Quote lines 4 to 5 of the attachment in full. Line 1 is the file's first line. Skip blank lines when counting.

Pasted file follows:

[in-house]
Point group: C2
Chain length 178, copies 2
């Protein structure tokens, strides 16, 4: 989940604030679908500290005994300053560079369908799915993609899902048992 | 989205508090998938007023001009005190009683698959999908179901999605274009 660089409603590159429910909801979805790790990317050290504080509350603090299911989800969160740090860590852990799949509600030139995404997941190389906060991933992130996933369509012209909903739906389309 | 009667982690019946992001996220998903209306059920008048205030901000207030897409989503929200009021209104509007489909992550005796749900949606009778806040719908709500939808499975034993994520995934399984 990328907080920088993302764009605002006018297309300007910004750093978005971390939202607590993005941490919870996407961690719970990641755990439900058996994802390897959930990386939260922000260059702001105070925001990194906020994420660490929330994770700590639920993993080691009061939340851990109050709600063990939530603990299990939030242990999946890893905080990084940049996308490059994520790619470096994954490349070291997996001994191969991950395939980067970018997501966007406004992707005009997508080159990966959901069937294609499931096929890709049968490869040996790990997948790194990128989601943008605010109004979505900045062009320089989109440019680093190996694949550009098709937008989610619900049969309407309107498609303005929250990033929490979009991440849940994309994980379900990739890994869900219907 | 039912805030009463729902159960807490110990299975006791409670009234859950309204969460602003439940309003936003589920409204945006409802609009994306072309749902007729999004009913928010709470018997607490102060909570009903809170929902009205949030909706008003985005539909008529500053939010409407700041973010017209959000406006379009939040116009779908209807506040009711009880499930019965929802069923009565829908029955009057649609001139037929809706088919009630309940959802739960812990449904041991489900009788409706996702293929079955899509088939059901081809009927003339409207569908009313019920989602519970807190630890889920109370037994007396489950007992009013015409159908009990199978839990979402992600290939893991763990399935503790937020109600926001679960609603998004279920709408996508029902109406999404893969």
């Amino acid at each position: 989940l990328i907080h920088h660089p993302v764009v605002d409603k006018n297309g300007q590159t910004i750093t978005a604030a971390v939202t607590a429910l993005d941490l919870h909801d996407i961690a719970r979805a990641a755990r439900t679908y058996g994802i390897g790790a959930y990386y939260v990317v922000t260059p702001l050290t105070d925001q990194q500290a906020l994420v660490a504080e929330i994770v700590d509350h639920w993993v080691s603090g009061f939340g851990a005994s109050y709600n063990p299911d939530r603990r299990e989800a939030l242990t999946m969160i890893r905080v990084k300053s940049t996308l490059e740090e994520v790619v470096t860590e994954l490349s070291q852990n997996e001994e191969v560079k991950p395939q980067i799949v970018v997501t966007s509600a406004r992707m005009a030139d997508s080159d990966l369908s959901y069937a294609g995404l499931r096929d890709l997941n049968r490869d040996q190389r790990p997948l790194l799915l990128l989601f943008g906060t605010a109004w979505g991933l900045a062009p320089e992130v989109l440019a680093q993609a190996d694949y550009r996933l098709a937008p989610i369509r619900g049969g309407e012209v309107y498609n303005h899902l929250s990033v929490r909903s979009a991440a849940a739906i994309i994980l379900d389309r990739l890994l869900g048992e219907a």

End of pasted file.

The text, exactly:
């Protein structure tokens, strides 16, 4: 989940604030679908500290005994300053560079369908799915993609899902048992 | 989205508090998938007023001009005190009683698959999908179901999605274009 660089409603590159429910909801979805790790990317050290504080509350603090299911989800969160740090860590852990799949509600030139995404997941190389906060991933992130996933369509012209909903739906389309 | 009667982690019946992001996220998903209306059920008048205030901000207030897409989503929200009021209104509007489909992550005796749900949606009778806040719908709500939808499975034993994520995934399984 990328907080920088993302764009605002006018297309300007910004750093978005971390939202607590993005941490919870996407961690719970990641755990439900058996994802390897959930990386939260922000260059702001105070925001990194906020994420660490929330994770700590639920993993080691009061939340851990109050709600063990939530603990299990939030242990999946890893905080990084940049996308490059994520790619470096994954490349070291997996001994191969991950395939980067970018997501966007406004992707005009997508080159990966959901069937294609499931096929890709049968490869040996790990997948790194990128989601943008605010109004979505900045062009320089989109440019680093190996694949550009098709937008989610619900049969309407309107498609303005929250990033929490979009991440849940994309994980379900990739890994869900219907 | 039912805030009463729902159960807490110990299975006791409670009234859950309204969460602003439940309003936003589920409204945006409802609009994306072309749902007729999004009913928010709470018997607490102060909570009903809170929902009205949030909706008003985005539909008529500053939010409407700041973010017209959000406006379009939040116009779908209807506040009711009880499930019965929802069923009565829908029955009057649609001139037929809706088919009630309940959802739960812990449904041991489900009788409706996702293929079955899509088939059901081809009927003339409207569908009313019920989602519970807190630890889920109370037994007396489950007992009013015409159908009990199978839990979402992600290939893991763990399935503790937020109600926001679960609603998004279920709408996508029902109406999404893969």
């Amino acid at each position: 989940l990328i907080h920088h660089p993302v764009v605002d409603k006018n297309g300007q590159t910004i750093t978005a604030a971390v939202t607590a429910l993005d941490l919870h909801d996407i961690a719970r979805a990641a755990r439900t679908y058996g994802i390897g790790a959930y990386y939260v990317v922000t260059p702001l050290t105070d925001q990194q500290a906020l994420v660490a504080e929330i994770v700590d509350h639920w993993v080691s603090g009061f939340g851990a005994s109050y709600n063990p299911d939530r603990r299990e989800a939030l242990t999946m969160i890893r905080v990084k300053s940049t996308l490059e740090e994520v790619v470096t860590e994954l490349s070291q852990n997996e001994e191969v560079k991950p395939q980067i799949v970018v997501t966007s509600a406004r992707m005009a030139d997508s080159d990966l369908s959901y069937a294609g995404l499931r096929d890709l997941n049968r490869d040996q190389r790990p997948l790194l799915l990128l989601f943008g906060t605010a109004w979505g991933l900045a062009p320089e992130v989109l440019a680093q993609a190996d694949y550009r996933l098709a937008p989610i369509r619900g049969g309407e012209v309107y498609n303005h899902l929250s990033v929490r909903s979009a991440a849940a739906i994309i994980l379900d389309r990739l890994l869900g048992e219907a």